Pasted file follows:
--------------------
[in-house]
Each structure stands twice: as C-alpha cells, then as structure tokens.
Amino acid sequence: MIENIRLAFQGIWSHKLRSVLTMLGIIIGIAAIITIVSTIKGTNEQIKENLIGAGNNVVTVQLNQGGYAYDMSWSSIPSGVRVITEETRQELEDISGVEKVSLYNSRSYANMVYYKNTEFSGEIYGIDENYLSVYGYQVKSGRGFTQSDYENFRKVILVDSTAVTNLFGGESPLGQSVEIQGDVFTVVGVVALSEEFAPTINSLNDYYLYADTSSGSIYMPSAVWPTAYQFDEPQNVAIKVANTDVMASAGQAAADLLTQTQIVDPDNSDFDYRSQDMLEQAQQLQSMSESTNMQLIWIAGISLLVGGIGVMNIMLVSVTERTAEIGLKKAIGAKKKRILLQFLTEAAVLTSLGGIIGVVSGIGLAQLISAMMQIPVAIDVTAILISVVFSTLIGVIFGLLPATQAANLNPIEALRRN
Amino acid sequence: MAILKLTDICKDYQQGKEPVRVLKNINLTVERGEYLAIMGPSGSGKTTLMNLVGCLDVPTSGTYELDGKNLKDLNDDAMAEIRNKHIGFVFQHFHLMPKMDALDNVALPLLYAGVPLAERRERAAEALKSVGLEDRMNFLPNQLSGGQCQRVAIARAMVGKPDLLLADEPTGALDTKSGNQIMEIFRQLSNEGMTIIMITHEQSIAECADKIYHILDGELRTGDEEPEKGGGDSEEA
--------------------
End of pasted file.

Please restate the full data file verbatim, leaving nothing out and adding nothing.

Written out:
[in-house]
Each structure stands twice: as C-alpha cells, then as structure tokens.
Amino acid sequence: MIENIRLAFQGIWSHKLRSVLTMLGIIIGIAAIITIVSTIKGTNEQIKENLIGAGNNVVTVQLNQGGYAYDMSWSSIPSGVRVITEETRQELEDISGVEKVSLYNSRSYANMVYYKNTEFSGEIYGIDENYLSVYGYQVKSGRGFTQSDYENFRKVILVDSTAVTNLFGGESPLGQSVEIQGDVFTVVGVVALSEEFAPTINSLNDYYLYADTSSGSIYMPSAVWPTAYQFDEPQNVAIKVANTDVMASAGQAAADLLTQTQIVDPDNSDFDYRSQDMLEQAQQLQSMSESTNMQLIWIAGISLLVGGIGVMNIMLVSVTERTAEIGLKKAIGAKKKRILLQFLTEAAVLTSLGGIIGVVSGIGLAQLISAMMQIPVAIDVTAILISVVFSTLIGVIFGLLPATQAANLNPIEALRRN
Amino acid sequence: MAILKLTDICKDYQQGKEPVRVLKNINLTVERGEYLAIMGPSGSGKTTLMNLVGCLDVPTSGTYELDGKNLKDLNDDAMAEIRNKHIGFVFQHFHLMPKMDALDNVALPLLYAGVPLAERRERAAEALKSVGLEDRMNFLPNQLSGGQCQRVAIARAMVGKPDLLLADEPTGALDTKSGNQIMEIFRQLSNEGMTIIMITHEQSIAECADKIYHILDGELRTGDEEPEKGGGDSEEA